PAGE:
THE TAKE AWAY
How could Adam and Eve have been the origin of the different races?
By Kersley Fitzgerald
My son is a Thai boy living in Colorado Springs. He is among the 2.8% of the population of Colorado who are Asian. Most of his friends are white. A few are of African or Hispanic descent. It took him a long time to understand what "race" means, and I'm not sure he gets it yet. He has gone through spurts where he wants my eyes that change color or our lighter skin (his skin is beautiful, by the way, and we tell him so). But on the whole, he likes being Thai.
Strangely enough, his brown eyes, dark hair, unattached earlobes, and broad lips and nose exhibit more dominant genes than my appearance does. And when we lived in Hawaii, everyone thought he was a local, while they quickly guessed I was not. But where did it all come from? Curly hair, straight hair, tall, short, Asian/African/European/Whatever? How does the biblical creation timeline of 6000 account for all these races?
Genesis 2 gives details of the creation of Adam and Eve. Their descendants made up all the people of the world (Genesis 1:28). About 1650 years later, God flooded the world, destroying everyone who weren't on the Ark. When the waters receded, eight people emerged; six would repopulate the earth: three sons born to Noah and his wife, and their three wives. These six people are the origin of the races we have today (Genesis 6:18).
About 100 years after the Flood, a large group of people gathered together to build the Tower of Babel (Genesis 11). Before they finished, God divided the people into tribes, gave each a language, and dispersed them across the Earth. Although the Bible doesn't say, it's possible that God altered the physical characteristics of each tribe to be better suited for the climate in their new home. But it's just as likely that inter-breeding in a small group led to micro-evolutionary changes that gave each tribe a distinctive physicality. That their genes were so close to perfect they were able to adapt more quickly than we would. Or some characteristics may have been caused by the natural resilience of a gene for the specific environment (survival of the fittest on a smaller scale).
Either way, "people group" or "ethnicity" is a better word than "race." In the 17th century, race was used to categorize people by visible physical characteristics. But race means nothing in the world of scientific classification. All people are part of the human race, as the analysis of the human genome proved, and our genetic variations are incredibly minor. Any two given people, even if they are related, have about a 0.2% difference in their genes; physical appearance typically attributed to race make up 0.012%. That means while my sister and I could have 20 different genes for every 10,000 identical ones, JT and I might have 21.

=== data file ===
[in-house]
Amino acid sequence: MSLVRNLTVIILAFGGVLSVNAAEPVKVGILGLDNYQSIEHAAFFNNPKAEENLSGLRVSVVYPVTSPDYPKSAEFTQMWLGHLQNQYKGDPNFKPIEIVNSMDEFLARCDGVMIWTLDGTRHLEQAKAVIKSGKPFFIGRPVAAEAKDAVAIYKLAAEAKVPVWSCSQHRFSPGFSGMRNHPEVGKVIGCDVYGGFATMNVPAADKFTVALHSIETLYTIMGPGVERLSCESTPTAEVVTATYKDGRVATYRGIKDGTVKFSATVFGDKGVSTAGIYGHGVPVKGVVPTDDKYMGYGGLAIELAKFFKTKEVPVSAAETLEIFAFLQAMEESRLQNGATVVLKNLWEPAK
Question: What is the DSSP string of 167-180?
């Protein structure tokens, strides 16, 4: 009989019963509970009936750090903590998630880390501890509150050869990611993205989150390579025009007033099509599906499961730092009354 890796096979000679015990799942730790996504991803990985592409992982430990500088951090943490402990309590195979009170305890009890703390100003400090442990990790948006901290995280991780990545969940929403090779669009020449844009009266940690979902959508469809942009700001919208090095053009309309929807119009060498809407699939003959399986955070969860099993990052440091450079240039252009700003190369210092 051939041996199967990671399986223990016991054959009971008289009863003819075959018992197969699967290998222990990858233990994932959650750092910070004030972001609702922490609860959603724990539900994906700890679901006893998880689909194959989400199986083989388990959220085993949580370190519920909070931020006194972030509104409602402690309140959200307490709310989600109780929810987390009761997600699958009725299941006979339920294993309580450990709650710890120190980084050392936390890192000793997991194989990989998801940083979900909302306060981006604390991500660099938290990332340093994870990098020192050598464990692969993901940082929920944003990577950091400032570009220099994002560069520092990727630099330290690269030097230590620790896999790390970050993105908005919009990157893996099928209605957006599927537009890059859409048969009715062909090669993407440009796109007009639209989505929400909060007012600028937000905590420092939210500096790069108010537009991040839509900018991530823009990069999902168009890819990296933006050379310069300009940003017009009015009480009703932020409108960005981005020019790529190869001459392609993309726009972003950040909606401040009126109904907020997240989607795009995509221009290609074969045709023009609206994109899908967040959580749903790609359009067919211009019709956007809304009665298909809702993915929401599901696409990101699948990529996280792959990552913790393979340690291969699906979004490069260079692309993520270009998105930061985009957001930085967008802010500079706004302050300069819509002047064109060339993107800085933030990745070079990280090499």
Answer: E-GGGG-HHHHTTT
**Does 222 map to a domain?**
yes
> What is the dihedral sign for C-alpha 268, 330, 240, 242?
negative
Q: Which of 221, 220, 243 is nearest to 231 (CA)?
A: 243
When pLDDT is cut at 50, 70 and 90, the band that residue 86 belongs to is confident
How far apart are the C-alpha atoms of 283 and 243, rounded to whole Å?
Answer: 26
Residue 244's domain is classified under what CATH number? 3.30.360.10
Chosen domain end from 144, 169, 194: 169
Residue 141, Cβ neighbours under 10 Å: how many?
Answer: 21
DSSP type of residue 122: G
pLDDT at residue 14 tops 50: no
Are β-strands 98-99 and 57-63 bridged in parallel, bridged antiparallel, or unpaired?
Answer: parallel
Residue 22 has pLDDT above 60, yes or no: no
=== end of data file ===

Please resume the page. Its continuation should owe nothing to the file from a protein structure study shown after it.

"images/140506-eye-color.jpg" width="358" style="float: left" hspace="10" height="300"> The thought that human beings took millions of years to evolve into different races is the core behind the most damaging forms of racism. For years it was taught that some races were less evolved than others and thus naturally suited for a lower "station" in life. Absolutely nowhere does the Bible condone this line of thinking. Instead, it says we are all descended from six people about 5000 years ago. Our origin, color, and physical appearance mean nothing to the Gospel (Romans 3:9).
I got an interesting question just today: How much of our physical variation is caused by sin and how much would have happened anyway? We really don't know. If the canopy theory is true and there was a protective layer above the earth before the Flood, it's likely that generations after the sin-caused Flood saw significant more genetic-based changes when the canopy was destroyed and radiation entered the atmosphere. But we really don't know. We don't know what the pre-Flood people looked like or if God changed how people looked after the Tower of Babel. It's impossible to say.
What I can say is that it doesn't matter a lick that JT is Asian and Dev and I are mostly white. He still has Dev's love of history, my mechanical bent, my sister's dark hair, my grandpa's ears, and brown eyes like my aunt. One gene out of 10,000 doesn't keep him from being our kid.
Image 1: Allele diagram of eye color
Image 2: Michael Pham; Creative Commons
Tags: History-Apologetics | Science-Creation
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